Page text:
15 June, 2022
Not many people want to think about death – or more particularly, their own death. In a way this reluctance is understandable. Unfortunately, it often leads to people failing to make a will to provide for their loved ones after they have gone. Contrary to popular belief, at Broadhurst we consider a will to be for a living person and we encourage our clients to take the same view. Failure to make a will can leave your loved ones at risk, cause unnecessary stress and strife, and may lead to your wishes not being considered after your death.
The advantages of making a will are:
What is a Will?
A will is a document in writing that sets out your instructions as to how your estate (property, money, assets) are to be divided. In the Cayman Islands wills are governed by the Wills Act (2020 Revision). The person who makes a will is called a testator.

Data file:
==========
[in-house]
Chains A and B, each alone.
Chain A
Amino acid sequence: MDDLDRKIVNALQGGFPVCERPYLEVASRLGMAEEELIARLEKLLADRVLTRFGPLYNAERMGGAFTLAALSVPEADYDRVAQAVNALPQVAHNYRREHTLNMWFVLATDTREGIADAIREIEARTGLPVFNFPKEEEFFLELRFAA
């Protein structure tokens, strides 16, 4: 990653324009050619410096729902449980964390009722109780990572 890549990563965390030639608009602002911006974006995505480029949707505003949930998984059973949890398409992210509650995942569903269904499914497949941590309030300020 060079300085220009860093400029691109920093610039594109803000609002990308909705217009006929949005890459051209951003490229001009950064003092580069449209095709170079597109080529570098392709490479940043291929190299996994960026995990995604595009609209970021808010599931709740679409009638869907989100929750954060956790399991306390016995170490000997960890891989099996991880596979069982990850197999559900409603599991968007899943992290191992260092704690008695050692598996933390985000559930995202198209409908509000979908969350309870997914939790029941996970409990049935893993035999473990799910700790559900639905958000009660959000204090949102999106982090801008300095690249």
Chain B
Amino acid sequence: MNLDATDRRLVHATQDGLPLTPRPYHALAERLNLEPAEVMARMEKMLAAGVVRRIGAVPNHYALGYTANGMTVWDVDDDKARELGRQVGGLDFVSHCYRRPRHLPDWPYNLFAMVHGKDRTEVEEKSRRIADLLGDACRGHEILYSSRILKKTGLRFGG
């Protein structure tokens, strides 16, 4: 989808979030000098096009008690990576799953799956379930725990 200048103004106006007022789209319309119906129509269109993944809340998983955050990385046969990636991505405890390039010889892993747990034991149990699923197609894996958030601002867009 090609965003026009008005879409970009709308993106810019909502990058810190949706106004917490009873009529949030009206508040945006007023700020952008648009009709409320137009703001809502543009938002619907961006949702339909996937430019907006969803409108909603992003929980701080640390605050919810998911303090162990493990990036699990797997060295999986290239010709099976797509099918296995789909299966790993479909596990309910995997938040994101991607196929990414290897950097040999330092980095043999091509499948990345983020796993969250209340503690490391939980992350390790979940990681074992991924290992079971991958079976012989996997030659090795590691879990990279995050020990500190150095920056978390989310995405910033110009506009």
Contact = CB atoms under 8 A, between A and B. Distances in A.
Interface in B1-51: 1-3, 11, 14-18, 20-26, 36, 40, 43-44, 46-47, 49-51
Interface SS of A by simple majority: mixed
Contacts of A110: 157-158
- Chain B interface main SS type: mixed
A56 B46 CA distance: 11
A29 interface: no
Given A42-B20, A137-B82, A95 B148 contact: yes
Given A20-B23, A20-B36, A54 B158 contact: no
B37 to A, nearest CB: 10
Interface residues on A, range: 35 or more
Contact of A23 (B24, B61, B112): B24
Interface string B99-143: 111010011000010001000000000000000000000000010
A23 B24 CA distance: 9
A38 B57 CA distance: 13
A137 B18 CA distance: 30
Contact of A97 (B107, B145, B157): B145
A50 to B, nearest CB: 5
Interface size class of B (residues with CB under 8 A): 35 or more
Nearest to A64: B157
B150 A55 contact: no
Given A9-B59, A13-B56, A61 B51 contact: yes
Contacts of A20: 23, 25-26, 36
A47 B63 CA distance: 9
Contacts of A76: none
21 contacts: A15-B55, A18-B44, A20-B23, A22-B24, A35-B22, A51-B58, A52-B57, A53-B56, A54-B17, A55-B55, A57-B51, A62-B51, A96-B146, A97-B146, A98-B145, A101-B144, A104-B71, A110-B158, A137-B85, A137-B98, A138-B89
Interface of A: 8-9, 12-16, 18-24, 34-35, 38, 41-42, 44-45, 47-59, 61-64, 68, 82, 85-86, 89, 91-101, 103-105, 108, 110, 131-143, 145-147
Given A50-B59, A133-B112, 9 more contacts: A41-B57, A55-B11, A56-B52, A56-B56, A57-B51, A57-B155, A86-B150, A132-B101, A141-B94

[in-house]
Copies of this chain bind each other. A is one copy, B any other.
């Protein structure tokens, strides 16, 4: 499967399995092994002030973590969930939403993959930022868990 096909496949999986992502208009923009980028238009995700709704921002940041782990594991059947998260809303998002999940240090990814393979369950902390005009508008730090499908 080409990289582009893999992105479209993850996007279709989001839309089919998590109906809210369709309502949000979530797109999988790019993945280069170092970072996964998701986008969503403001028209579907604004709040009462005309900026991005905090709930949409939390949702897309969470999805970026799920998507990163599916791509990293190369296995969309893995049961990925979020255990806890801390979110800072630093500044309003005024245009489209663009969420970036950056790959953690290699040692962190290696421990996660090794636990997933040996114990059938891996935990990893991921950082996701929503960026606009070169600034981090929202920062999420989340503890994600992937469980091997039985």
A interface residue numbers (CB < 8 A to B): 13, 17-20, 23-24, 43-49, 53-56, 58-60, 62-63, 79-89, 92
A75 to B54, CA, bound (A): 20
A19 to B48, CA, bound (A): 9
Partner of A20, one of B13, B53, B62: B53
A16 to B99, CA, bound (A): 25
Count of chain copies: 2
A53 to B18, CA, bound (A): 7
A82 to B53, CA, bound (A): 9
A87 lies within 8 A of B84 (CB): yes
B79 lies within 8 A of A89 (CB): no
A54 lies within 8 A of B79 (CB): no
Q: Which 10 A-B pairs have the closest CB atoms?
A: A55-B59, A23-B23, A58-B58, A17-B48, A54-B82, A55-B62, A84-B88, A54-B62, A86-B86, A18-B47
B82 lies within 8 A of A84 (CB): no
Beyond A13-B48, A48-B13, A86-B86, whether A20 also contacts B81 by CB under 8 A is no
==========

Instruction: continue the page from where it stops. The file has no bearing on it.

Formalities for a valid Will
Section 6 of the Wills Law sets out the manner in which a will must be executed. For a will to be valid:
Wills generally contain an attestation clause, which confirms that the document has been executed in the presence of at least 2 witnesses, and that all relevant requirements have been met.
Other requirements for a valid will include:
What should I be aware of when making a will?
It goes without saying that every individual has his or her own needs when it comes to estate planning. However, a few general comments and observations include:
If you need to provide for minor children:
At Broadhurst LLC we have over 25 years experience of dealing with wills and probate in a confidential and sensitive manner. We would be pleased to assist in drafting your will, or otherwise help with estate planning.